Celtic, Danube Region. 2nd Century BC bronze drachm imitating Alexander III


Celtic, Danube Region. 2nd Century BC bronze drachm imitating Alexander III
See below for coin details, description and metrics.

A poem about this coin’s beauty:
“Celtic Danube coin, Bronze drachm of Alexander, Old money, new jokes.”

In Latin:
“Nummus antiquus, Alexander imitatur;Risus in aere.“

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Ruler: Celtic, Danube Period: to
  • Denomination:
  • Grade:
  • Exergue/Mint:
  • Material: bronze
  • Weight (g):
  • Diameter (mm): 18
  • Obverse: Stylised Alexander profile facing right with lion headress.
  • Reverse: Seated figure facing left. Holding staff and eagle. Lettering visible.
  • Celtic coins are a type of ancient coinage produced by the Celtic peoples across Europe. They were first produced in the late 4th century BC, and continued to be minted until the early 1st century AD. Celtic coins were typically made of silver or bronze, and often featured images of animals, humans, or deities. They are particularly attractive for their artistic approach and organic designs often based on Greek-Macedonian prototypes such as the coins of Philip and Alexander. The reason for this link seems to be that Greek military strategy often adopted Celtic warriors as mercenary troops, for which they paid in Greek gold coinage which in turn acted as prototypes for Celtic local coinage.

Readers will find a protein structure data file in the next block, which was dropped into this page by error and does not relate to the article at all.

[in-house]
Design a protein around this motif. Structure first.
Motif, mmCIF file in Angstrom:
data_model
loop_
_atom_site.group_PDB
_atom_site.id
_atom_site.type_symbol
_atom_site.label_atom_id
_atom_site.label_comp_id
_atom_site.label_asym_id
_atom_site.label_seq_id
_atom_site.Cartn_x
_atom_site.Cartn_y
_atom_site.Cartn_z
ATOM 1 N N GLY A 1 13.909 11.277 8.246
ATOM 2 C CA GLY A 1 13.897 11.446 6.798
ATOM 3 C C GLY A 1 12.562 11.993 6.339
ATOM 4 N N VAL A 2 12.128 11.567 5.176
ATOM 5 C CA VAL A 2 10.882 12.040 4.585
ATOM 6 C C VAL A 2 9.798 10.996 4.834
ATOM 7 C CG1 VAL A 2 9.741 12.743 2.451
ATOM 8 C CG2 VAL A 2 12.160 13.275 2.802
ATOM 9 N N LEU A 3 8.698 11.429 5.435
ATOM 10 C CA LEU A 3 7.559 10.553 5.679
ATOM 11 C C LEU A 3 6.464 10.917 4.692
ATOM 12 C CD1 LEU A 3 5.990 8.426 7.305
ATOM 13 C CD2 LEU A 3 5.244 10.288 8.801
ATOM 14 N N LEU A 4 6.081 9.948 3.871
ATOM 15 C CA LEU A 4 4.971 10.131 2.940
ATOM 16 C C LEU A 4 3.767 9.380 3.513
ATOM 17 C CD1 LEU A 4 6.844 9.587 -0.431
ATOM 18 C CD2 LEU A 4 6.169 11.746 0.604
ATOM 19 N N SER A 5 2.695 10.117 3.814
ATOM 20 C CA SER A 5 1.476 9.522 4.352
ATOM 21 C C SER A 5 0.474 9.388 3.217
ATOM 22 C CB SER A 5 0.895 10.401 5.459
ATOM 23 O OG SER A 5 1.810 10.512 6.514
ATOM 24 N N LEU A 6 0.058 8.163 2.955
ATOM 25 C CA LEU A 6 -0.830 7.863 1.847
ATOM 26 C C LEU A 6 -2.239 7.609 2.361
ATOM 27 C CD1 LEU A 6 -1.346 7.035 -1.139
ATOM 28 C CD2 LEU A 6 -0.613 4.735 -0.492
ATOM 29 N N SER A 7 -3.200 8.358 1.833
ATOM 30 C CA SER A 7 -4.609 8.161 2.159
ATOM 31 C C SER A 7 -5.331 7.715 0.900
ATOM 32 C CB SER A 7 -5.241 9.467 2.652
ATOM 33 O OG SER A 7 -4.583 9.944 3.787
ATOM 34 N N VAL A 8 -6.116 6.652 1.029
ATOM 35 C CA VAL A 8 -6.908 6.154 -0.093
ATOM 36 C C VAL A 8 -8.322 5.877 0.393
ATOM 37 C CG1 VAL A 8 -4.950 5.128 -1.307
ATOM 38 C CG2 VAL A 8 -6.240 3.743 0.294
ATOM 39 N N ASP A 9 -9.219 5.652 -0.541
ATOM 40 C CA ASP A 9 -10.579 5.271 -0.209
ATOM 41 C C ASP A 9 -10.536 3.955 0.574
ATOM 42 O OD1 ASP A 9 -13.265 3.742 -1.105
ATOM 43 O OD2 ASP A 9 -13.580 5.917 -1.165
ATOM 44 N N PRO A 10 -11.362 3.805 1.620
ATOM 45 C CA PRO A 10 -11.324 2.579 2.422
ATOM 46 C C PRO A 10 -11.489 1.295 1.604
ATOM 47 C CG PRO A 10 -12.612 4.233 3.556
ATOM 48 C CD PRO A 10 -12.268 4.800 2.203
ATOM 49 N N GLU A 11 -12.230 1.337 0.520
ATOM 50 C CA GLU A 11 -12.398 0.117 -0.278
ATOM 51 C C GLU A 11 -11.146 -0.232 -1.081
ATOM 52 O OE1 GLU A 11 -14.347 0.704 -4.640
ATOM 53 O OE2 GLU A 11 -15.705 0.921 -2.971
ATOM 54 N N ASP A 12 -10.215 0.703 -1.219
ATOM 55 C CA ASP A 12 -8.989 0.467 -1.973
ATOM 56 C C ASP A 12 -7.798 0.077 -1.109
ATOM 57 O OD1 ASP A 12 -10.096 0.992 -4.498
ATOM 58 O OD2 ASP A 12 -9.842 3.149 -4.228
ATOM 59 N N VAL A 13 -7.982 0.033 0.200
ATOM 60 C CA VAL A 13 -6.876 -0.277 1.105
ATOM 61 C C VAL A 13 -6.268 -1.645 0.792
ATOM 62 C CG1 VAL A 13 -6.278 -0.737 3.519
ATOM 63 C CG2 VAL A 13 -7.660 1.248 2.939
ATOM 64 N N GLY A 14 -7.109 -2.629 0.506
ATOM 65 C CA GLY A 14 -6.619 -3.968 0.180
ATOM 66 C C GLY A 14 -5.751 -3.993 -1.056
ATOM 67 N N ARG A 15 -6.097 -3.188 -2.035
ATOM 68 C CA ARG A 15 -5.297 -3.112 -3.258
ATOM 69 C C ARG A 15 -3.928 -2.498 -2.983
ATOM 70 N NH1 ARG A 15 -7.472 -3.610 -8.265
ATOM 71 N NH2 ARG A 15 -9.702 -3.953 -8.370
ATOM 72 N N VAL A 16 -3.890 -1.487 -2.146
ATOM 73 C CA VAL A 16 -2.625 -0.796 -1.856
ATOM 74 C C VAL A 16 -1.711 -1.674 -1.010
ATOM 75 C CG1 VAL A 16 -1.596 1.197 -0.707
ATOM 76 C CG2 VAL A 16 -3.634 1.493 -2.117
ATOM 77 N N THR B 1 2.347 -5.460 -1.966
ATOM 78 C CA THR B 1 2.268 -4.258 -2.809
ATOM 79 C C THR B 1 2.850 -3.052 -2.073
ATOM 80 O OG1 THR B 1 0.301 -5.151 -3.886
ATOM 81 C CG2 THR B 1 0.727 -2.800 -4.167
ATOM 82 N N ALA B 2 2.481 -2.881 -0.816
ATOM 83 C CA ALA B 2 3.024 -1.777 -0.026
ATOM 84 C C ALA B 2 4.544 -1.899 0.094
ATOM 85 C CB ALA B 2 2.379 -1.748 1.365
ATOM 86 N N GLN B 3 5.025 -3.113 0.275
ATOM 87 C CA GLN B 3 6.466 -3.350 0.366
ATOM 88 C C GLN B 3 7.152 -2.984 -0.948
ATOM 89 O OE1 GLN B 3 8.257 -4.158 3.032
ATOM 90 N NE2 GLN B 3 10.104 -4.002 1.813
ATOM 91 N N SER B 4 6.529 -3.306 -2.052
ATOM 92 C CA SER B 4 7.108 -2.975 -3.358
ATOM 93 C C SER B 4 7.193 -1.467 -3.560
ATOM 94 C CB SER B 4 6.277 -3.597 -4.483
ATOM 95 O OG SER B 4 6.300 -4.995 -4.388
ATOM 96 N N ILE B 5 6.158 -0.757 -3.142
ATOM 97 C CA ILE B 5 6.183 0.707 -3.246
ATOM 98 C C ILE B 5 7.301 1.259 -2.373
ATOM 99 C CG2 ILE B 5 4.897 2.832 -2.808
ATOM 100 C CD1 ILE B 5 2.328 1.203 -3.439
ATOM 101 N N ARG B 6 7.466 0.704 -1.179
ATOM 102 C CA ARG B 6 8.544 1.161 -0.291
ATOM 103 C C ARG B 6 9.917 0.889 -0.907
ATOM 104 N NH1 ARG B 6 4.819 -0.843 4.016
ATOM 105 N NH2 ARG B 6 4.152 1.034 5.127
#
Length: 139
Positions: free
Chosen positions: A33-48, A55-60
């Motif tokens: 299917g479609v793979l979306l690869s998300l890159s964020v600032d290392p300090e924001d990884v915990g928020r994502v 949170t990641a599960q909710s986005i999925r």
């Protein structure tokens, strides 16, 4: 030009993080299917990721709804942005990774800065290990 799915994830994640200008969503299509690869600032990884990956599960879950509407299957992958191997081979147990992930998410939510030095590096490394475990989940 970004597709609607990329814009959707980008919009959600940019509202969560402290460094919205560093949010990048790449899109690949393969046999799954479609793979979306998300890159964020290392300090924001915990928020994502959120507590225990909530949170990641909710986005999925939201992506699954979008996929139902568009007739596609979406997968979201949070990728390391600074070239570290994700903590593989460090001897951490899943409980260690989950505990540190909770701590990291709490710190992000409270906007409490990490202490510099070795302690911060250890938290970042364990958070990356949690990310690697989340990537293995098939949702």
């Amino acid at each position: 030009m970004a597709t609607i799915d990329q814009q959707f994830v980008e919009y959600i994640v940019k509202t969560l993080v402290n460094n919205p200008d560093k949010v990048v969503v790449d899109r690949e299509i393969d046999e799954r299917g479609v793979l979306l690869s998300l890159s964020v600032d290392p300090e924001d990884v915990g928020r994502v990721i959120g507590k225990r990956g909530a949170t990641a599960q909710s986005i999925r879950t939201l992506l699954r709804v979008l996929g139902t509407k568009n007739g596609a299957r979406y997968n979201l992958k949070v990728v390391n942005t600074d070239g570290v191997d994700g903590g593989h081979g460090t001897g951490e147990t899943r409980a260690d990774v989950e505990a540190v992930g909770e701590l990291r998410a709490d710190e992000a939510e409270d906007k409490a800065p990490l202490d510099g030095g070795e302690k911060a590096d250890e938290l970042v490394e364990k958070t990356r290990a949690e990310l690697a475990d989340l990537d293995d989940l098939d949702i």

• The Greeks considered themselves as composed of 4 tribes including Aeolians, Achaeans, Dorians and Ionians and there are varying references to the earliest coinage being produced either by the Lydians or Aeolians at Kyme and their king Midas. Ancient Greek coinage consisted of Staters, Drachms (and multiples thereof) as well as the smallest denominations of Obols and Hemiobols. The earliest coinage were Obols some of which have been found dating earlier than 800BC. Given that Greek culture was made up of many city-states there was great variety of production, though the economic strength of Athens came to predominate in coinage types and standards. As Greek coinage was among the first it was also highly influential on later and surrounding cultures, partly due to the many colonies they settled across the Mediterranean as well as due to Alexander the Great's conquests. The Greek military tendency to use foreign mercenaries, particularly from north European Celtic tribes also meant that Greek coinage came to influence Celtic production and it is interesting to observe the similarities and progressions from Greek types of Philip or Alexander across to Celtic equivalents.

Additional information

Dimensions 1.8 × 1.8 × 0.1 cm